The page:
Blackleg disease of canola in 2016

Blackleg has been quite severe in Victoria and New South Wales this year with heavily infected crops being reported from most growing regions.

Blackleg disease of canola is caused by the fungal pathogen Leptosphaeria maculans. This stubble borne disease affects canola crops across Australia but is more severe in areas of intensive production such as South Australia’s lower Eyre Peninsula.

So far in 2016, blackleg has been quite severe in Victoria and New South Wales with heavily infected crops reported from most growing regions. This increased severity, at least in Victoria, is probably due to drought affecting the previous two seasons.

Blackleg life cycle and symptoms

Blackleg survives on canola stubble, producing fruiting bodies that contain large quantities of airborne spores.

In the autumn and winter, rainfall triggers spore release from these fruiting bodies and within 2 weeks of spores landing on canola cotyledons and young leaves, clearly visible lesions develop.

Once the lesion has formed, the fungus grows within the plant’s vascular system to the crown where it causes the crown of the plant to rot resulting in a canker. 

Severe stem cankers will sever the roots from the stem, whereas a less severe infection will result in internal infection of the crown restricting water and nutrient flow within the plant.

In the past few seasons new blackleg symptoms have been observed whereby blackleg is infecting the upper stems, branches and pods.

Blackleg disease is challenging to control due to a number of factors

  1. Blackleg is a sexually reproducing pathogen that will overcome cultivar resistance genes.
  2. Fungal spores are released from canola stubble and therefore disease is more severe in areas of intensive canola production.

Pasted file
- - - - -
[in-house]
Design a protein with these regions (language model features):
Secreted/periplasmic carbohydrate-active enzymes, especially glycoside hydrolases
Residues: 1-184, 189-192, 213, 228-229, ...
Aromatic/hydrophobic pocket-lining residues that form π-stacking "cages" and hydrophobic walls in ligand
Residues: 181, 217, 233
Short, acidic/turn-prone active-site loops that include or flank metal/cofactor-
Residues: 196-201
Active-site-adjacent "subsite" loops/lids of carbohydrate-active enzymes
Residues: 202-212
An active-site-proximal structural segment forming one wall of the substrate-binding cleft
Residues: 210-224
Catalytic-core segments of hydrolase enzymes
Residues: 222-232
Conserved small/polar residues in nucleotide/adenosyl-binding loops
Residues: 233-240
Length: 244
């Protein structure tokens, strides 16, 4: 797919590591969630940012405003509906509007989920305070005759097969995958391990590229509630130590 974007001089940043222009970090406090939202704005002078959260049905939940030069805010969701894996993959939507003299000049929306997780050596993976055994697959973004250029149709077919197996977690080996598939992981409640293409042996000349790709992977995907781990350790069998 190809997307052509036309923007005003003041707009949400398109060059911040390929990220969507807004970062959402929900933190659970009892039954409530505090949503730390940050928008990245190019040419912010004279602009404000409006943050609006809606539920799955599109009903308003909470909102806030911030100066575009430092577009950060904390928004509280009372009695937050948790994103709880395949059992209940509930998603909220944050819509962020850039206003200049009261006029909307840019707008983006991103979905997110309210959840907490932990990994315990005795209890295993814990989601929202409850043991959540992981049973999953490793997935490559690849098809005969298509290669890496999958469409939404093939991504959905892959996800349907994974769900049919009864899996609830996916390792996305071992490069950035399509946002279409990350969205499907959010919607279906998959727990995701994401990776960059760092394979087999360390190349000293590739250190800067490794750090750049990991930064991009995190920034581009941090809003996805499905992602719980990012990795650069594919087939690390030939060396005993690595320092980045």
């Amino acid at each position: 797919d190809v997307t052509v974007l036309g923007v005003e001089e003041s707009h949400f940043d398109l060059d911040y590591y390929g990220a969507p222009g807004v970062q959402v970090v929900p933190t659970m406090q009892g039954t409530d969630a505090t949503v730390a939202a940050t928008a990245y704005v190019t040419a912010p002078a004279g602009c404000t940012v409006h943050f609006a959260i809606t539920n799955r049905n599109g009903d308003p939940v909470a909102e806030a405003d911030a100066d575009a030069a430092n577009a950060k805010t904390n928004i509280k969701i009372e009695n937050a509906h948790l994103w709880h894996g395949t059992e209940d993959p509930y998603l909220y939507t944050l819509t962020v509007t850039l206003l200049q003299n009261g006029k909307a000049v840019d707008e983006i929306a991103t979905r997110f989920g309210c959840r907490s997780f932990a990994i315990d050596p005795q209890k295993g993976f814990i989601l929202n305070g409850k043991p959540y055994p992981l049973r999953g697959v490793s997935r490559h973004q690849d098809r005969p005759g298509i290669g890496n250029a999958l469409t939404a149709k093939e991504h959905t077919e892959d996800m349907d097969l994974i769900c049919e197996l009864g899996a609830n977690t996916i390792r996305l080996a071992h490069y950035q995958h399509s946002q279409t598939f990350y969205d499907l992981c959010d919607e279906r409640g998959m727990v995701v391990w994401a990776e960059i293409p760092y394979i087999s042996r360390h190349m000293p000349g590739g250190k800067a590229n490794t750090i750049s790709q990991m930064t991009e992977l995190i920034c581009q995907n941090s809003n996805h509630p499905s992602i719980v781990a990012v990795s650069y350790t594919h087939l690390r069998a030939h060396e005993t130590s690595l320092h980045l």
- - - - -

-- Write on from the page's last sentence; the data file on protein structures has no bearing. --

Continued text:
3. Spores are spread extensively and quickly via wind and rain splash.

Controlling blackleg disease

Blackleg disease can be minimised using a range of management strategies. These include:

  • Growing cultivars with high levels of blackleg resistance.
  • Growing this year’s crop at least 500 m away from the previous year’s crop (stubble avoidance).
  • Fungicide applications.
  • Rotation of cultivars with different resistance groups.

Each year, growers should monitor their crop to determine whether there is any yield loss due to blackleg. To monitor crops, pull plants from the ground and cut the stems at the crown. Inspect the amount of internal infection (blackening) within the stems to determine whether blackleg is present and needs managing.

Growers can then consult the current Blackleg Management Guide and follow the management steps to reduce the effect of blackleg.


The PestFacts south-eastern team would like to thank the guest authors of this article:

Dr Angela Van de Wouw, Academic, The University of Melbourne, Parkville

Dr Steve Marcroft, Pathologist, Marcroft Grains Pathology, Grains Innovation Park, 110 Natimuk Road, Horsham

Cover image: Photo provided by Steve Marcroft and Angela Van de Wouw

What is Pestfacts south-eastern?

PestFacts south-eastern keeps growers and advisers informed about invertebrate pests and beneficials in broadacre crops and pastures during the winter-cropping season in Victoria and southern New South Wales.


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